[tsvwg] Review of draft-fairhurst-tsvwg-transport-encrypt

Kathleen Moriarty <kathleen.moriarty.ietf@gmail.com> Tue, 08 May 2018 17:22 UTC

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From: Kathleen Moriarty <kathleen.moriarty.ietf@gmail.com>
Date: Tue, 08 May 2018 13:22:16 -0400
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To: tsvwg@ietf.org, Gorry Fairhurst <gorry@erg.abdn.ac.uk>, Colin Perkins <csp@csperkins.org>
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Subject: [tsvwg] Review of draft-fairhurst-tsvwg-transport-encrypt
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Hello Gorry & Colin,

Thanks for your work on this draft.  In my opinion, it is very
important to dig through the implications of encrypting transport
headers.  The document is well written and easy to read, thanks for
that as well.  Al and I had a hard time with that since ours was
contribution driven and controversial.

Here's some feedback from my review that I hope you find helpful:

If you added section references to mm-wg-encrypt where it is
referenced, that may be helpful to the reader.

Specific feedback:
The apps side will object to this phrasing as they don't see the need
for any 'help'.  I agree with your point, just warning of the obstacle
in case you can reword it to prevent objections.
   Choosing to encrypt all information may reduce
   the ability for networks to "help" (e.g., in response to tracing
   issues, making appropriate QoS decisions).

Section 3 intro text

Encrypted traffic can also be profiled to identify threat actors.
This will continue to be important as threat actors may have advanced
capabilities and may modify the encrypted streams in identifiable ways
that can differentiate their traffic from others.

I was expecting to see some text toward the end of 3 on adoption of
these protocols.  We can put out protocols, but it's up to industry to
decide when and where to adopt protocols.  From a few recent talks,
what I saw from the audiences is that those aware of QUIC are outright
blocking it.  The business imperative is not there for the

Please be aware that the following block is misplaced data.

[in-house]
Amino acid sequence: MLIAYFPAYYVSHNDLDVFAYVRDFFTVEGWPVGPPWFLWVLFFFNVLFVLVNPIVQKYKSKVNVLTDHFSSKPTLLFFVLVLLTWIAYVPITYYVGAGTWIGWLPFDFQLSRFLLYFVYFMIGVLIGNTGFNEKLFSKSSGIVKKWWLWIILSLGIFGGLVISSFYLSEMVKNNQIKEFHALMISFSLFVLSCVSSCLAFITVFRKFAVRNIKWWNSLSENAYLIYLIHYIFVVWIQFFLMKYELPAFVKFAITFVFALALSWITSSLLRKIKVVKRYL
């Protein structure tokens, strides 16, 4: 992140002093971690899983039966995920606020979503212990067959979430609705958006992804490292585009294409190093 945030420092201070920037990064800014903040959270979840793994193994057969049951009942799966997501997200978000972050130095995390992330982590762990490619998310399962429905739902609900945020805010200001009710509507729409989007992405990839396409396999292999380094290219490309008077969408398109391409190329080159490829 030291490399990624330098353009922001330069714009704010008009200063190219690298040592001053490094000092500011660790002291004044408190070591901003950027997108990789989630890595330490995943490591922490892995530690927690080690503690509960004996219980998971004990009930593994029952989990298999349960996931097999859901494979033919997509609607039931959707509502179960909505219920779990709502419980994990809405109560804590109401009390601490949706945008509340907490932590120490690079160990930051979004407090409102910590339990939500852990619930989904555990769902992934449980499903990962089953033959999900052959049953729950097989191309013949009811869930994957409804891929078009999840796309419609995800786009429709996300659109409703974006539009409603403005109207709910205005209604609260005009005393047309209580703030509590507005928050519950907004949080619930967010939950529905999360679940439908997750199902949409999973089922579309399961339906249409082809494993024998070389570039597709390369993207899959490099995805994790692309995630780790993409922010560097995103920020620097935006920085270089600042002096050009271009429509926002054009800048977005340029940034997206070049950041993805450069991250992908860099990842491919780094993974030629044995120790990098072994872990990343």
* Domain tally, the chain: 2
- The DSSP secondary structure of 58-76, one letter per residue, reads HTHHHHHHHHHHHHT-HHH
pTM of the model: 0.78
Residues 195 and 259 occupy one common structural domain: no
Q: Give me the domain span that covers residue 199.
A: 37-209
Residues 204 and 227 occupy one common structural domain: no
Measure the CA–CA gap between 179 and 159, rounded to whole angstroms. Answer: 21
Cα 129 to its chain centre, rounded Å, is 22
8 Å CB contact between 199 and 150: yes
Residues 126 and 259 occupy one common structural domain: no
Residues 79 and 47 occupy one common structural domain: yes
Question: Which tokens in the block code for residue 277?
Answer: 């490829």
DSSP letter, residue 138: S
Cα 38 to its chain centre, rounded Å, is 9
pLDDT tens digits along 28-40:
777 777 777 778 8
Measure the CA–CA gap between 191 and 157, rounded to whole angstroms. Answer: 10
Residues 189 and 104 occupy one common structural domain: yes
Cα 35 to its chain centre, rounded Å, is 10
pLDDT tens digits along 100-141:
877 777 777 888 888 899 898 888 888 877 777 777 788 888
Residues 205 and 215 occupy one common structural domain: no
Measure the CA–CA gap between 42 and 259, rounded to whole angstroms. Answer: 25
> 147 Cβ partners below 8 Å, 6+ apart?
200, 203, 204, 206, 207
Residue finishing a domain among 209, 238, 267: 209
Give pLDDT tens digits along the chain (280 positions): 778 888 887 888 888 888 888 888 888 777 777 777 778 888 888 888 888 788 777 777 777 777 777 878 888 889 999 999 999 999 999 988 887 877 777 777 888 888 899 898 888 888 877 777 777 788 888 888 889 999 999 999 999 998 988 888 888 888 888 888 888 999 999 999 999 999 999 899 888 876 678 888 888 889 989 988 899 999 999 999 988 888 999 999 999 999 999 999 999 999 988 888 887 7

applications using QUIC to justify it's use within the business
network, at least not yet.

Section 3.3
Do you want to make this specific to IPsec tunnel mode since that
hides the true end points as well?  Transport mode isn't well deployed
because of interoperability issues and not current use case driving
it's usage, but that does leave the true IP source and destination
addresses exposed, more than what you see with tunnel mode.

Section 5.3
This is starting to touch on NetNeutrality and if you are going to go
there, you should state it explicitly.  At the enterprise level (it
doesn't seem like you are covering that in this draft), I am hearing
QUIC is outright blocked by those that are aware of it on the network,
so it's not just NetNeutrality that will impact it's deployment.
Perhaps rephrasing may help?  Here's the text I'm talking about:
   A lack of data reduces the level of precision with which mechanisms
   are applied, and this needs to be considered when evaluating the
   impact of designs for transport encryption.  This could lead to
   increased use of rate limiting, circuit breaker techniques [RFC8084],
   or even blocking of uncharacterised traffic.  This would hinder
   deployment of new mechanisms and/or protocols.

Section 5.4
I think you have a typo here:
   Integrity checks can undetected modification of protocol fields by
   network devices,


Best regards,